Come to zsh country. Seriously, if you're looking at learning a new shell (bash from tcsh, say), have a good look at zsh first. It's a seriously comfortable environment in which to live: the effort spent getting things set up in the first place is repaid many times over down the track. A huge number of really nice features *just work* in zsh, but this TEXTAREA is too small to contain a list of them: hey, maybe a nice future article?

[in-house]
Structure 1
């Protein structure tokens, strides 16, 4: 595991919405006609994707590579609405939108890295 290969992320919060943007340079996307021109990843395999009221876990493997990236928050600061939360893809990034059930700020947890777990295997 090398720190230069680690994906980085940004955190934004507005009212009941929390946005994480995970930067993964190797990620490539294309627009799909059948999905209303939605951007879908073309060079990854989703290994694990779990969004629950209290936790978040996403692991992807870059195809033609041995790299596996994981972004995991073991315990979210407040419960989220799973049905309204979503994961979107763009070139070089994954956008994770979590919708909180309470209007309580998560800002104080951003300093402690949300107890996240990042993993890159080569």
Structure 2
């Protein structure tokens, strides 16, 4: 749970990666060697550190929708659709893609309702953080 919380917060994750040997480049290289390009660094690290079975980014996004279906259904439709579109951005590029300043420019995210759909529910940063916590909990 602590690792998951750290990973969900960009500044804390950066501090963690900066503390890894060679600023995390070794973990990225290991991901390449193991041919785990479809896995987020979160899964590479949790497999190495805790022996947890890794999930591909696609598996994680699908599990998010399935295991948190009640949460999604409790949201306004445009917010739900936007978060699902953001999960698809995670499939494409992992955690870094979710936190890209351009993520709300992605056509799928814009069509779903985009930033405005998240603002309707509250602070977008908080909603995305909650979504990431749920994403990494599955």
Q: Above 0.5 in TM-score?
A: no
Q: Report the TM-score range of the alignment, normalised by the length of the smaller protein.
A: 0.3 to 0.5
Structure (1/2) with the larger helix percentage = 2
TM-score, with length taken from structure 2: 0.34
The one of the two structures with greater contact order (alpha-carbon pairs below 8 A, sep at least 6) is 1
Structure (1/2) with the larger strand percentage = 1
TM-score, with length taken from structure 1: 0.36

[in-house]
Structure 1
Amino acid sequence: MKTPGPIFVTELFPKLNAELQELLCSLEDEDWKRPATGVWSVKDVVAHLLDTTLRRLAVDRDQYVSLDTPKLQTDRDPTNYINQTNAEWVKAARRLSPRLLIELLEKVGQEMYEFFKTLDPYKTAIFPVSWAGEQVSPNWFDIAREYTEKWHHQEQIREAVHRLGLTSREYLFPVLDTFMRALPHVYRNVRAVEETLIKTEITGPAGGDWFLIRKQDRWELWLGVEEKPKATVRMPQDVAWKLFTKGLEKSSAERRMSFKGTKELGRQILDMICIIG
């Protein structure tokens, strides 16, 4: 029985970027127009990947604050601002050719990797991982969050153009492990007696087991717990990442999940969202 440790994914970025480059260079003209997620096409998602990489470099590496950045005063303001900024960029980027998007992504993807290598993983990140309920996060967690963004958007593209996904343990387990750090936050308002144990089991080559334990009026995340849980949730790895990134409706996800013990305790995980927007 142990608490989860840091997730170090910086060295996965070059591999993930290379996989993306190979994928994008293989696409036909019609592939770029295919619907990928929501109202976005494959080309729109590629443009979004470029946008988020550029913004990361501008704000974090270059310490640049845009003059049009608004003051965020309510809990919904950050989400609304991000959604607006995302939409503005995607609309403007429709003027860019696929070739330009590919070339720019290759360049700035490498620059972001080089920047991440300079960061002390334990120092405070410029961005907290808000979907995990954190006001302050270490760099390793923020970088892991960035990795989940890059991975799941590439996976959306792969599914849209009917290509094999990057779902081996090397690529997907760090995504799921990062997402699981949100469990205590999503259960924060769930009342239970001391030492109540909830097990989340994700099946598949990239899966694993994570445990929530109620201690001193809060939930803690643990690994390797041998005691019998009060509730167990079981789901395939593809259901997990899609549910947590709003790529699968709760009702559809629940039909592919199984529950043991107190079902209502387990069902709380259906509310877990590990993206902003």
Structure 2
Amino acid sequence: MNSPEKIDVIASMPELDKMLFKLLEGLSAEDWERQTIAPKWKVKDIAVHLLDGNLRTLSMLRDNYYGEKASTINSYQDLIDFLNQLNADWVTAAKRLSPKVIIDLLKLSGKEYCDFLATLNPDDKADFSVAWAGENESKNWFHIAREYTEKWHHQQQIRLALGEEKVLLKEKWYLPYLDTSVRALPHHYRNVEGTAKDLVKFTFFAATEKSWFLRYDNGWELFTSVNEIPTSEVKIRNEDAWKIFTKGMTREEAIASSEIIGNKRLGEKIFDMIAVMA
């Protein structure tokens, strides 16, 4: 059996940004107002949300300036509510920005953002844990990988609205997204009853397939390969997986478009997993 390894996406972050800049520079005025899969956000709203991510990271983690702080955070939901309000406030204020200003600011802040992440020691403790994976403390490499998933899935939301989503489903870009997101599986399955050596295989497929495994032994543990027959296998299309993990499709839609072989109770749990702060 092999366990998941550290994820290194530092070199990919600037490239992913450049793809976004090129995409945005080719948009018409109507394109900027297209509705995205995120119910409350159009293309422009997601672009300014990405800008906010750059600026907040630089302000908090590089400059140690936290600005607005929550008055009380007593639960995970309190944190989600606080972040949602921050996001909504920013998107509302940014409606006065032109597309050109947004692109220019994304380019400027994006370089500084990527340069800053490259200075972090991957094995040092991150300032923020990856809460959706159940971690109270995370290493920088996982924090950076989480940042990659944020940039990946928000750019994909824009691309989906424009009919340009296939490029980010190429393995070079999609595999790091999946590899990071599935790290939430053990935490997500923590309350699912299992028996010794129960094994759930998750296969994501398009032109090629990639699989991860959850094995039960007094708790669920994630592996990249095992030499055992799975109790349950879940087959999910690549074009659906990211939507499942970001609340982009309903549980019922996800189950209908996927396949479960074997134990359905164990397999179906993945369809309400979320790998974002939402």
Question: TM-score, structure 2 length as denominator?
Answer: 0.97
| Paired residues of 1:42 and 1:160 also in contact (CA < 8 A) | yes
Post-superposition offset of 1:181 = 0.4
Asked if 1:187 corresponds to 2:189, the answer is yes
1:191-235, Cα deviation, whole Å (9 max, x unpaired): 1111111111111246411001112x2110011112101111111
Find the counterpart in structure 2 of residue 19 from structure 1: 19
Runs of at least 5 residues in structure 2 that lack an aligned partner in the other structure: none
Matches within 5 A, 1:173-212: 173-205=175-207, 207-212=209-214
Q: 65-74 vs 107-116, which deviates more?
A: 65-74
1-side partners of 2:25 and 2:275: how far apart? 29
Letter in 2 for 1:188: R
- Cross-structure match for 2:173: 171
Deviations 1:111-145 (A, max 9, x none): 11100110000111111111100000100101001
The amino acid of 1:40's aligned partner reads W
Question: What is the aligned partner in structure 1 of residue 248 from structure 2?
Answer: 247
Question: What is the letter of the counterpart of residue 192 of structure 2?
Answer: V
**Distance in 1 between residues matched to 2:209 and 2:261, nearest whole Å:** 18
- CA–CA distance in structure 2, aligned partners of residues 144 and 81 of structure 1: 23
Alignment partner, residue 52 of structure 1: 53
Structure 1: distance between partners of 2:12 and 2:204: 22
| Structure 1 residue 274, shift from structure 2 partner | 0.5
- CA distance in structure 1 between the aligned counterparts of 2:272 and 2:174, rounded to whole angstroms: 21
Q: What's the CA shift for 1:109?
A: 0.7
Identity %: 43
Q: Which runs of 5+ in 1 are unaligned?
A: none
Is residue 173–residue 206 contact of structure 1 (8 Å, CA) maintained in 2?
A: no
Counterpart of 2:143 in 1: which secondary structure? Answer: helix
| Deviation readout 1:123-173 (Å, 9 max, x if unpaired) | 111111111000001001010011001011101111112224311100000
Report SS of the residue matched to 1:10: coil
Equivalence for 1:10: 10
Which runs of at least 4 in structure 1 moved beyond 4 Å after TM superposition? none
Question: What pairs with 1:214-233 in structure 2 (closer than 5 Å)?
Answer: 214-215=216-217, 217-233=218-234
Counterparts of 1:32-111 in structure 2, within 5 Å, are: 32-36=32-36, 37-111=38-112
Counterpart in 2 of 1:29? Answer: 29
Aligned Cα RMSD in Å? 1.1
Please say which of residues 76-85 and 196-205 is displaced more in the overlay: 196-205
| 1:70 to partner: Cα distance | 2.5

((ps isn't there something a little *weird* about putting all the initialisations into one file? I know it's *necessary* in bash, in that the .bashrc is only executed in a non-login shell. But if .profile is used, as in the article, then any subshells are going to be alias free. And if you plonk everything in .bashrc then it won't be executed for a login shell, and that PATH variable is going to be appended to when you execute any subshell. One solution that pops to mind: separate out the bits that should be executed once from those things that need to be set every time a new shell is spawned. That is: environment variables in the first (.profile) and aliases et al in the second (.bashrc), and then add a line "source .bashrc" to the end of your .profile. Two files... multiply your fun. (All this should be read as if spoken by a character in a geeky novel.) Corrections and better suggestions welcome!))